Texas, Cubs and Red Sox could all ditch a 2nd rounder for him. Most people expect the Sox and Cubs to blow there 2nd rounders on the big 3 anyways. Losing a 3rd round pick isn’t really a big deal anymore. All 3 teams I mentioned have a protected first rounder.
Losing your 2nd and 3rd round slot money is a big deal. It can control who you can select with the rest of your picks. Sure, it’s worth it for some teams, but it’s certainly still a price to pay.
Steve Adams, you predict 3/40, which is way overpriced. Im more in line with 3/39…cuz that’s how BC rolls!
Man I forgot the 3/39 thing. We need to bring that back.
Jimenez was 29 when he signed his 4 year deal. Liriano is currently 31 I think that as much as his inconsistency will effect his chances of getting a 4 year deal. I also think $40MM is just a little bit high as well, but it might be close for 3 years.
The FA pitching market is a lot stronger this year than last year, I dont think Liriano will get 3/40 with draft pick compensation attached and Scherzer, Lester, Shields, McCarthy, Santana and more on the market.
The only way I could see a 3 year deal being possible for him is if there is language in the deal protecting against the inevitable injury he always runs in to
If Liriano signs a 3 year deal I think the aav will be lower than the projected 13.3.I think 10mil aav over 3 years sounds realisitc so 3/30
Or a 2 year deal worth 11.5mil aav so 2/23
Man, how much money does MLBtr think teams have this offseason? We haven’t even gotten to the big players yet and I feel we’ve got as many 40+ MM contracts as last year. If it’s a down free agent market, rather than these lesser players making the same money as the superior players from previous years, wouldn’t teams just spend less on them? I understand teams are flush with cash, I just think that MLBtr is missing the reason that the FA market is so weak; I don’t think teams are going to spend their excess cash on the free agent market. I can see a lot of this additional cash going to extensions and salary acquired via trade. I don’t think Liriano scores this high, ultimately. I think he’s more in line for 35 or 36 MM over a three-year term. I do expect him to decline the QO but he might have a lot of trouble if teams are hesitant to give him three guaranteed years. After all, there’s a reason he would want multi-year security beyond just decrease in performance.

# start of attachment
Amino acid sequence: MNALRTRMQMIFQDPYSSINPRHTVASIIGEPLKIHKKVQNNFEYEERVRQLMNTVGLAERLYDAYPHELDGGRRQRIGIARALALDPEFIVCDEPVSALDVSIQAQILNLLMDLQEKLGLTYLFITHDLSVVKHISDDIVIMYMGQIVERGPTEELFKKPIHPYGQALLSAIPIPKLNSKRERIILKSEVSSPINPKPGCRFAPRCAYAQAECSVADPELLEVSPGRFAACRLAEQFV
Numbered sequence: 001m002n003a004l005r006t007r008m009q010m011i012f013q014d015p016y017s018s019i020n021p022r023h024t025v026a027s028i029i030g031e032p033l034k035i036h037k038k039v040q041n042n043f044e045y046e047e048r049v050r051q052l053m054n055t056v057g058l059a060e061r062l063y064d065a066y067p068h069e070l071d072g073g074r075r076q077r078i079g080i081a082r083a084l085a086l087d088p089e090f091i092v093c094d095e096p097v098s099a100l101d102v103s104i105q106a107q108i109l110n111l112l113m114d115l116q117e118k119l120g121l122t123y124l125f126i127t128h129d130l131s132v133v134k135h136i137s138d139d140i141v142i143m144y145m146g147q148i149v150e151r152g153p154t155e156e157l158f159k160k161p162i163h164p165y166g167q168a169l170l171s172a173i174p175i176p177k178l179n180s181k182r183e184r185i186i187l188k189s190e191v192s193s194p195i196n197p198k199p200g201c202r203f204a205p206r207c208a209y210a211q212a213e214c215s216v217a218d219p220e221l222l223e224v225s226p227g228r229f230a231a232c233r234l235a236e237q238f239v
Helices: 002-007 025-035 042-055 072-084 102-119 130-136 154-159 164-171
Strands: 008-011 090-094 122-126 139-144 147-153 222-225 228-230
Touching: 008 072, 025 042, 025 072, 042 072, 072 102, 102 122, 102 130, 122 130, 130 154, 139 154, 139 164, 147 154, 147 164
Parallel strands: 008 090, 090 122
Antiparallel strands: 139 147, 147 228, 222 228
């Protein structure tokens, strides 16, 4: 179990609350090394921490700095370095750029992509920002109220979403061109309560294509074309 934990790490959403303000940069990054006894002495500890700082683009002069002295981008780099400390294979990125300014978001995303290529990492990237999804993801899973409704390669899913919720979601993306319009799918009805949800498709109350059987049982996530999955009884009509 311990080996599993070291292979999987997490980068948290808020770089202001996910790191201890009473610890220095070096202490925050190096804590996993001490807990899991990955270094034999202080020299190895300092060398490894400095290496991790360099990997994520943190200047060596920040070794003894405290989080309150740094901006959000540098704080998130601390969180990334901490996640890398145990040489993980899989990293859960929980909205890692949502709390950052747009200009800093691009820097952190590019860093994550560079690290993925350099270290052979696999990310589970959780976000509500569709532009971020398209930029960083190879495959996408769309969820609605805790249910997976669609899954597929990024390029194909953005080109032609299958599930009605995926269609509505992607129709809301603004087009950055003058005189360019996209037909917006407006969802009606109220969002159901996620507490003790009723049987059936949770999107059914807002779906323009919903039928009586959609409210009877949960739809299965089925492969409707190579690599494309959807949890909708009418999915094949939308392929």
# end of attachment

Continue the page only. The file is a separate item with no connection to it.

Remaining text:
I don’t see losing the pick as that risky. It does impact draft signing money pool but it isn’t that significant. Signing Liriano may bolster a team so it doesn’t have to deal a couple top prospects (probably at least one number one pick) to get a pitcher in mid-season.
I cant imagine the Pirates make any attempt to bring him back for a multi year deal. In a year where I actually believe Pittsburgh will make legitimate offers to Martin and even Volquez , I think when it comes to Liriano they will cross their fingers he gets over payed elsewhere . There are many better values available to Pittsburgh for Starters that will leave a great deal more financial flexibility